Why Use Clang?
Clang is a compiler front-end for C, C++, Objective-C and (now) Objective-C++. It's built on top of the Low Level Virtual Machine (LLVM), the project that aims to provide a modern compiler infrastructure, that projects (like Clang) can be built upon. Like LLVM, Clang aims to provide a modern front-end compiler for the aforementioned languages and is seen to be the eventual drop-in replacement for GCC.
So enough about what Clang is, why bother using it when GCC is so widely supported, as well as some might argue, nothing actually wrong with it. If it ain't broke don't fix it, right? Ok, so I'm not going to go into any great detail about why GCC is so flawed and Clang isn't (because no software is perfect, not even compilers), mainly because I don't know enough about either project to do so and I'm not going to start pretending like I do. I am however going to point out some benefits of Clang and why you should consider looking into it.
The development of Clang is actively sponsored by Apple and although it's not currently (though it should be within the near future) the default compiler (GCC 4.2.1 is) when installing the developer tools, it is included in the form of Clang 1.5. If your project hasn't got a huge dependency on GCC, then I'd definitely recommend giving Clang a try and checking out firsthand the benefits over GCC that it can provide. Since it's designed to be compatible with GCC as much as possible, it's usually as simple as selecting it as the compiler within your Xcode project or a target's build settings.
The most obvious benefit of using Clang is performance. Performance is said to be one of the key aims of the project, in the sense of performing significantly faster at compile time as well as subsequently producing more efficient binaries than GCC, all the while using significantly less memory in the process. Check out the performance section of Clang's Features and Goals page as well as the dedicated performance page for specific in-depth details and stats on how it performs compared to GCC. I say that performance is the most obvious benefit to using Clang, because it really is that noticeable once you start using it. For example, we switched to building Sequel Pro using Clang a while ago, and the performance benefits during builds were immediate:
real 4m13.692s user 6m14.724s sys 0m57.559s
real 2m18.764s user 3m11.980s sys 0m32.187s
The above times were obtained from executing the following command, which builds a release build1 of Sequel Pro, including all it's dependencies:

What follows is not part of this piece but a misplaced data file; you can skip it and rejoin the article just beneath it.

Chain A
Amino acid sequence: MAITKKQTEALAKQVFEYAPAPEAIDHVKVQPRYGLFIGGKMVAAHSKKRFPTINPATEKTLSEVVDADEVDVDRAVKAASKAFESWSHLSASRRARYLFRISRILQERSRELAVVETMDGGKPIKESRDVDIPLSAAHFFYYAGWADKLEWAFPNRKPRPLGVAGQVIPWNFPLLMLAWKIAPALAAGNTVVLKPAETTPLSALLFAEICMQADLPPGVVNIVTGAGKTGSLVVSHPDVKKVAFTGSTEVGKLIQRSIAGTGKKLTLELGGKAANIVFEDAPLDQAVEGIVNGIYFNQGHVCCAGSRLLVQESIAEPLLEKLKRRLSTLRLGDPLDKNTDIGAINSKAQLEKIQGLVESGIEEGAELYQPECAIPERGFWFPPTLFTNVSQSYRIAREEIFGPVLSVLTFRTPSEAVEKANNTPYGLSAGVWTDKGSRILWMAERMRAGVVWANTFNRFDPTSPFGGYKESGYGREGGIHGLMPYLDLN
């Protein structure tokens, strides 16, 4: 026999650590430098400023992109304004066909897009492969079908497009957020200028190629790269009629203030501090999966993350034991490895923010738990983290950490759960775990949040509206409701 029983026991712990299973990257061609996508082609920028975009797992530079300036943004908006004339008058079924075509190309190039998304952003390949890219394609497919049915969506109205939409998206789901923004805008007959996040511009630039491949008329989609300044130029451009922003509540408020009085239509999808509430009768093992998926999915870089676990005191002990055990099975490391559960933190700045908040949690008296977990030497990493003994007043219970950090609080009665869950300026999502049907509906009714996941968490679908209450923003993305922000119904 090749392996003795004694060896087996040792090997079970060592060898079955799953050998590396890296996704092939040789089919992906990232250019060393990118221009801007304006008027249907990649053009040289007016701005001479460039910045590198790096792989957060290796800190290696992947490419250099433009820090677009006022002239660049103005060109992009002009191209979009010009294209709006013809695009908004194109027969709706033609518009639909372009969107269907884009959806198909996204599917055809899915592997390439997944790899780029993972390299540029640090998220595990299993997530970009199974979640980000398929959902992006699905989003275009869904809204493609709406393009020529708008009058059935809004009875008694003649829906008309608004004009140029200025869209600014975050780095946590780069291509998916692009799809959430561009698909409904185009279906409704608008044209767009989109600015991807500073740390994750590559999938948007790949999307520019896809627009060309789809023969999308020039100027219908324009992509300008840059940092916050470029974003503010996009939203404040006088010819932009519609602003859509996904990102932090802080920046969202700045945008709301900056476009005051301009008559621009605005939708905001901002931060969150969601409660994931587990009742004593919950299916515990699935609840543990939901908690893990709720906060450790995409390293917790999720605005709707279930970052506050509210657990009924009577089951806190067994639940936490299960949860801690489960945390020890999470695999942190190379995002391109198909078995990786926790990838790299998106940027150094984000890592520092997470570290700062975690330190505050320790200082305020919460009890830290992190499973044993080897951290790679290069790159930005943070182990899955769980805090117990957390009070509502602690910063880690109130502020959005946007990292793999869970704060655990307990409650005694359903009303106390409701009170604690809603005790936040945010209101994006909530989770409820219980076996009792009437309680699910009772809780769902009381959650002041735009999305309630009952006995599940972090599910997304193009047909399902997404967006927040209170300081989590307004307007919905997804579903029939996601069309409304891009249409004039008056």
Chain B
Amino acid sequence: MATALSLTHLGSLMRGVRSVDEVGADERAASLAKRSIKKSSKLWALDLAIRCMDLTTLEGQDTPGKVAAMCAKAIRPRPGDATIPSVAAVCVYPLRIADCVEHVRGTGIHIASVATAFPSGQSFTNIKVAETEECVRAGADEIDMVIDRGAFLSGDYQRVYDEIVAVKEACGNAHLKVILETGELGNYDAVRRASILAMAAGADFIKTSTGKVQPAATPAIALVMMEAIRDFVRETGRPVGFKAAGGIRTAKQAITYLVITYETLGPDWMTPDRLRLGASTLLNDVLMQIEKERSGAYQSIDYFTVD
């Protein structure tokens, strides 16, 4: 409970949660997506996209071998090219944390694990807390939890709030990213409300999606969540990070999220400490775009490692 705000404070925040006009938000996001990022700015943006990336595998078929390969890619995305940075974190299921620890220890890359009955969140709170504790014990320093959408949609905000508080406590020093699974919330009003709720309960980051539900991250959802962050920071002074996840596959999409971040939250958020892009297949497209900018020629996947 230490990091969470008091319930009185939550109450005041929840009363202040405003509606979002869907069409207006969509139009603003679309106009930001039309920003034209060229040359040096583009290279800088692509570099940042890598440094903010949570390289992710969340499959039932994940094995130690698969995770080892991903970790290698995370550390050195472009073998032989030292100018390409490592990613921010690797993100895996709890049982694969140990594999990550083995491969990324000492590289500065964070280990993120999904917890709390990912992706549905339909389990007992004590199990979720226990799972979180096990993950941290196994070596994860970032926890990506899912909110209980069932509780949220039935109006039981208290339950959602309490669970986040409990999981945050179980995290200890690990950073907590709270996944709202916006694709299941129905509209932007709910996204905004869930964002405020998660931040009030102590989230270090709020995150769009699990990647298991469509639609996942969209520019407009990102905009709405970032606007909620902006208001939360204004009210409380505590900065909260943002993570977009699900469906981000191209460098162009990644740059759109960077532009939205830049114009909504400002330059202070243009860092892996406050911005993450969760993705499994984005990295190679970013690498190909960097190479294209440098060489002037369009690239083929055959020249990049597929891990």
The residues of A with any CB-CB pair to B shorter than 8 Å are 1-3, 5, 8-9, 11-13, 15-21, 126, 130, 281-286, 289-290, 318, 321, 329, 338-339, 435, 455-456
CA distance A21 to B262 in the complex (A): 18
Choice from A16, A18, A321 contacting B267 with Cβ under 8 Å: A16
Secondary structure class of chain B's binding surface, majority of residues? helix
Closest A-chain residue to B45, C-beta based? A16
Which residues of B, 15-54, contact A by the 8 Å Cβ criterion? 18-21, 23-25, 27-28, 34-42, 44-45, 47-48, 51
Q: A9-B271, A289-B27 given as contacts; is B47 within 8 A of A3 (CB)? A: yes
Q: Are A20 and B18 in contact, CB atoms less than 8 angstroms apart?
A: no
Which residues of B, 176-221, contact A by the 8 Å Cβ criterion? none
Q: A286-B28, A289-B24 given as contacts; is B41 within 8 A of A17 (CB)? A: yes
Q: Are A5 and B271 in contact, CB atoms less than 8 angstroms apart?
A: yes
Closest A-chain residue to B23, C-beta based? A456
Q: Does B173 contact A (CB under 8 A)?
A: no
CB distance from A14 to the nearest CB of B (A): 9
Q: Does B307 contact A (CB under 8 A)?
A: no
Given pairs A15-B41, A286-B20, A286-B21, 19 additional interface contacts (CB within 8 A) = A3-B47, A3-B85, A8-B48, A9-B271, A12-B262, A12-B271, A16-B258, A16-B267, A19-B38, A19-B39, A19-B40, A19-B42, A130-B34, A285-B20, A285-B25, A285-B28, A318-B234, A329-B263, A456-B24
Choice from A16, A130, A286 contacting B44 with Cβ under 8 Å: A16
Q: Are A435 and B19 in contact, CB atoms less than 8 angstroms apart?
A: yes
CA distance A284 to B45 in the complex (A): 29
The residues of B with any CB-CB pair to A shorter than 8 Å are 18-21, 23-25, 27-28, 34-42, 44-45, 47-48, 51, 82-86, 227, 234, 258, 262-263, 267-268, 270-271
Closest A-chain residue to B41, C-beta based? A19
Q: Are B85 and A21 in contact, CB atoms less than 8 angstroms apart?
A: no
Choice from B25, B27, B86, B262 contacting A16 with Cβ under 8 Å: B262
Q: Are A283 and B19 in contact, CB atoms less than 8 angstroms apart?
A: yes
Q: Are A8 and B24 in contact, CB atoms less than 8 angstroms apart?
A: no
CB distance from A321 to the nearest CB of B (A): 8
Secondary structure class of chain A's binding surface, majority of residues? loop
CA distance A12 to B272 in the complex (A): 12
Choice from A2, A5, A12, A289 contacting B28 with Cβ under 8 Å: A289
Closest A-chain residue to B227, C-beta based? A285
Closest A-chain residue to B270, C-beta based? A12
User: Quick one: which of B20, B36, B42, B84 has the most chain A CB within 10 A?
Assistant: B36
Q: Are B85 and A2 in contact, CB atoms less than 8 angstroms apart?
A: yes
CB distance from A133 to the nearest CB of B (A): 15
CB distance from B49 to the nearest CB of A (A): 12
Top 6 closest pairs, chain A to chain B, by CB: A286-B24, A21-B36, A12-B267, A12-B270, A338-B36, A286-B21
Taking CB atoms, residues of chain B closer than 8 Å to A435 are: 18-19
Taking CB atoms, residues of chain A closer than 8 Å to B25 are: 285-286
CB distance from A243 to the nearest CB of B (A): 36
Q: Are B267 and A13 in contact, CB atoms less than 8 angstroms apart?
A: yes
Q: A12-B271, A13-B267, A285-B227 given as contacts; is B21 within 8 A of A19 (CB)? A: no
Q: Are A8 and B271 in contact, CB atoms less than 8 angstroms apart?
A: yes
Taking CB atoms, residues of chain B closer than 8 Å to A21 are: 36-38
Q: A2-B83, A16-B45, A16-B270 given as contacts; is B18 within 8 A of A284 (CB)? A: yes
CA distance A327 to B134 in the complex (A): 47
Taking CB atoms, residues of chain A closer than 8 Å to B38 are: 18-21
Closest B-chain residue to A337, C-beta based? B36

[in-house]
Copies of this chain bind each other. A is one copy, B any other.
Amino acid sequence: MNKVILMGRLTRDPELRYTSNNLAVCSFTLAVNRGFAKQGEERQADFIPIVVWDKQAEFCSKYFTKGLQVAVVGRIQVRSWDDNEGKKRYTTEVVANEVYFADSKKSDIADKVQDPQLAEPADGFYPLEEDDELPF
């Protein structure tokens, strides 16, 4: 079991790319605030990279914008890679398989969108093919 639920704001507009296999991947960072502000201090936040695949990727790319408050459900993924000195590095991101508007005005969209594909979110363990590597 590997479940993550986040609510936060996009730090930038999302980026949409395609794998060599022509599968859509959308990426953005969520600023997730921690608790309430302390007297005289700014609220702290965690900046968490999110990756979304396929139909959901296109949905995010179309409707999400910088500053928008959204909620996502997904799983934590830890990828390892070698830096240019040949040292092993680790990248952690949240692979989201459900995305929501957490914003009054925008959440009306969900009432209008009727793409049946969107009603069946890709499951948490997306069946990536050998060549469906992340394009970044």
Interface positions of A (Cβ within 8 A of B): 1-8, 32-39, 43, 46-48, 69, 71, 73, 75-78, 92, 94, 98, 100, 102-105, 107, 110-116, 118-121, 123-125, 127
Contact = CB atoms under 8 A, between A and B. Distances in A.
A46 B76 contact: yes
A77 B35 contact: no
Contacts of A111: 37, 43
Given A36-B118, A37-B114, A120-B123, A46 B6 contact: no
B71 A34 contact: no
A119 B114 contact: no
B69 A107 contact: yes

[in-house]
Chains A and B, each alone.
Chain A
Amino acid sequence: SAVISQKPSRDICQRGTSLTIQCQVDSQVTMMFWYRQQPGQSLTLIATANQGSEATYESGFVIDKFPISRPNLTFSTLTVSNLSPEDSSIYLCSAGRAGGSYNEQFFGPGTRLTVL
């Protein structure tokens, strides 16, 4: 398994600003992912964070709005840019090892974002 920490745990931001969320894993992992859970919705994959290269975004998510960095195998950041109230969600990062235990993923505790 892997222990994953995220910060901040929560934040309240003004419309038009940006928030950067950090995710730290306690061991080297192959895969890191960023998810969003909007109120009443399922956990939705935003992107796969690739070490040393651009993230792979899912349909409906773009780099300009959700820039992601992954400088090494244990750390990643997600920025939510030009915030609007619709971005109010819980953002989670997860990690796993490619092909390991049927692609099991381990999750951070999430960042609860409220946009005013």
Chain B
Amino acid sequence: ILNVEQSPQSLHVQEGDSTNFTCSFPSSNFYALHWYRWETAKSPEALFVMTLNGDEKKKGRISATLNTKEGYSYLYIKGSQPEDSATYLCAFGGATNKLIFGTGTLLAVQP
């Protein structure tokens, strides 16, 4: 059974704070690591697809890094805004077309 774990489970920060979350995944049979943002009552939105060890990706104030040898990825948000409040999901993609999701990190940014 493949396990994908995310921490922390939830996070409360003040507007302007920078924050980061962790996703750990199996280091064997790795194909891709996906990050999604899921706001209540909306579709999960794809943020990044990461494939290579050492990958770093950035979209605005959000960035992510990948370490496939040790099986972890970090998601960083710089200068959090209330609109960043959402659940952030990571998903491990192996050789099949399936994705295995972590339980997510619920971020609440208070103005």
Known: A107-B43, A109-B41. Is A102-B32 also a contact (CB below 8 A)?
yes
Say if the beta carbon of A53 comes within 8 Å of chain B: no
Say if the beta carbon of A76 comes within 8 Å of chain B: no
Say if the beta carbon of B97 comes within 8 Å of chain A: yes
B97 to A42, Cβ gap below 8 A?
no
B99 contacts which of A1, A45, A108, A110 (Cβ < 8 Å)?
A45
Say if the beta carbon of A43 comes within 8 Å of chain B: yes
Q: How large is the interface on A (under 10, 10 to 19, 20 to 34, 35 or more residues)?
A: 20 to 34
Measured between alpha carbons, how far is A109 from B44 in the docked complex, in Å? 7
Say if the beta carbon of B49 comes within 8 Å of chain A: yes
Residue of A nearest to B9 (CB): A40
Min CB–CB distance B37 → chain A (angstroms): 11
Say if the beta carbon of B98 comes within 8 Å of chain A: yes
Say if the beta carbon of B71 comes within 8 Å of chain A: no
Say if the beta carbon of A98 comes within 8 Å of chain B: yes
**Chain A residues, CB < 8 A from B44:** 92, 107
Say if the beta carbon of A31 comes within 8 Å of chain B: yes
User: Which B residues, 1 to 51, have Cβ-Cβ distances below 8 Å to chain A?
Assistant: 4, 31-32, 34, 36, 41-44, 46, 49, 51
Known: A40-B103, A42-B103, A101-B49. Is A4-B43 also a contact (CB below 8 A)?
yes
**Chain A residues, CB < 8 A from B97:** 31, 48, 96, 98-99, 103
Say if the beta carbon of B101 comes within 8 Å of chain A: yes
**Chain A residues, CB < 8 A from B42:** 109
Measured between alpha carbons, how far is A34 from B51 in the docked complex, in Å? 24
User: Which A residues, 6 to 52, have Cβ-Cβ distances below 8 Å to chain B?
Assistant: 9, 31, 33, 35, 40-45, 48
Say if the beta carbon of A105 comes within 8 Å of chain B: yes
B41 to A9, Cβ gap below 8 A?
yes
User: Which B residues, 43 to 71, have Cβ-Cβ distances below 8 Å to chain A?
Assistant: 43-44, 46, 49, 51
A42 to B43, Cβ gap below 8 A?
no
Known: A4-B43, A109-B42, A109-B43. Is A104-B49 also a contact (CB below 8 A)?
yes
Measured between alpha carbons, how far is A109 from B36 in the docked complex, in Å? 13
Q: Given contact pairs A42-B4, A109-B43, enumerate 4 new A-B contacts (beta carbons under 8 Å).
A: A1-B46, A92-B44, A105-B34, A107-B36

time xcodebuild -project sequel-pro.xcodeproj -configuration Release build
There are a lot of factors to consider when profiling the performance of a particular process, the most obvious being the hardware it's running on2 and the current utilisation of the CPU, memory and other system resources during the build and the list goes on, but being almost twice as fast when performing a clean build is nonetheless impressive. It's also pretty obvious, but the above times are for building the entire application, not just compiling the Objective-C source files. This means it includes the copying of resources (images, templates, preference
plists, etc) and frameworks as well as compiling NIB/XIB files using
ibtool. That is, the general process of packaging all of the resources and binaries that results in a usable application. Clang's performance page refers to this time as non-compiler, an overhead of the build system (i.e.
xcodebuild). You generally won't see such a big performance hit when compiling a pure C command line program. It also goes without saying that you're not going to be performing a clean release build every time you change a source file during development, which is where (if you're on a Mac that is) Xcode's or
xcodebuild's (which are essentially the same thing) incremental compilation kicks in, so you might not see huge speed improvements every time, but it is definitely faster and less memory intensive.
Sequel Pro isn't exactly a massive project. It isn't small, but it has a relatively simple source tree and only 5 dependencies, all of which are included in it's trunk. According to Xcode Statistician Sequel Pro's source contains nearly 68,000 SLOC, excluding the source to all it's dependent frameworks that we build ourselves. It's therefore only fair that Clang be tested against another much larger project, for example, Adium, which by my estimate contains roughly 150,000 SLOC. I chose Adium, because (1) my basic estimates show it's more than twice the size of Sequel Pro (and in actuality is probably much larger) and (2) because it's an OS X application it also incurs the same non-compiler overhead associated with building the entire application and not just compiling it's source. The results were not surprising:
real 11m53.566s user 15m9.794s sys 4m32.265s
real 7m44.828s user 9m3.748s sys 2m45.088s
Note that all of the above timed builds were done for release configurations3 of the respective applications and although they'll defer in some very slight ways the process is generally the same. The point is, performing a release and development (or debug) build of the same application is a very different process and release configurations were simply chosen in this case to put both compilers through their paces with respect to these differences. The main difference should be obvious, the target architectures that the resulting application should be able to run on are different. During development, it's generally expected that the built application is only going to be used by the developer and so there's not much point in building it for any other architecture4 other than the architecture of the developer's system. A release build on the other hand is intended to be distributed to your users and so should be built for whatever architectures you intend to support.